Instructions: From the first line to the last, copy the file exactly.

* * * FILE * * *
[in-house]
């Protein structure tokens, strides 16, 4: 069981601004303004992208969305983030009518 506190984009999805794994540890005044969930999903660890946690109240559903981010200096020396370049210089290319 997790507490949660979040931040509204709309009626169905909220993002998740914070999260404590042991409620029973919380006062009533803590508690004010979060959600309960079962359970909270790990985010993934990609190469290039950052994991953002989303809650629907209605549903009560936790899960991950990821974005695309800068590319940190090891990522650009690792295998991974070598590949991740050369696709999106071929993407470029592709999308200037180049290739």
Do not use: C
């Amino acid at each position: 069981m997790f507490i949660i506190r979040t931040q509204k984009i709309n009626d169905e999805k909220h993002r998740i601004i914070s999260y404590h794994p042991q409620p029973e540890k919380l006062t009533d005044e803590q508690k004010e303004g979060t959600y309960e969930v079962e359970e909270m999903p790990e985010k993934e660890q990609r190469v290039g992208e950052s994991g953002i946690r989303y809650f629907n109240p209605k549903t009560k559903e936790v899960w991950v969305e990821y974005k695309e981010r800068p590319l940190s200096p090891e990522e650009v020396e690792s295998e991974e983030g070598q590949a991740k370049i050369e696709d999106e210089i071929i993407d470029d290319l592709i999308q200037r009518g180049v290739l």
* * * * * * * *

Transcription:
[in-house]
């Protein structure tokens, strides 16, 4: 069981601004303004992208969305983030009518 506190984009999805794994540890005044969930999903660890946690109240559903981010200096020396370049210089290319 997790507490949660979040931040509204709309009626169905909220993002998740914070999260404590042991409620029973919380006062009533803590508690004010979060959600309960079962359970909270790990985010993934990609190469290039950052994991953002989303809650629907209605549903009560936790899960991950990821974005695309800068590319940190090891990522650009690792295998991974070598590949991740050369696709999106071929993407470029592709999308200037180049290739």
Do not use: C
């Amino acid at each position: 069981m997790f507490i949660i506190r979040t931040q509204k984009i709309n009626d169905e999805k909220h993002r998740i601004i914070s999260y404590h794994p042991q409620p029973e540890k919380l006062t009533d005044e803590q508690k004010e303004g979060t959600y309960e969930v079962e359970e909270m999903p790990e985010k993934e660890q990609r190469v290039g992208e950052s994991g953002i946690r989303y809650f629907n109240p209605k549903t009560k559903e936790v899960w991950v969305e990821y974005k695309e981010r800068p590319l940190s200096p090891e990522e650009v020396e690792s295998e991974e983030g070598q590949a991740k370049i050369e696709d999106e210089i071929i993407d470029d290319l592709i999308q200037r009518g180049v290739l």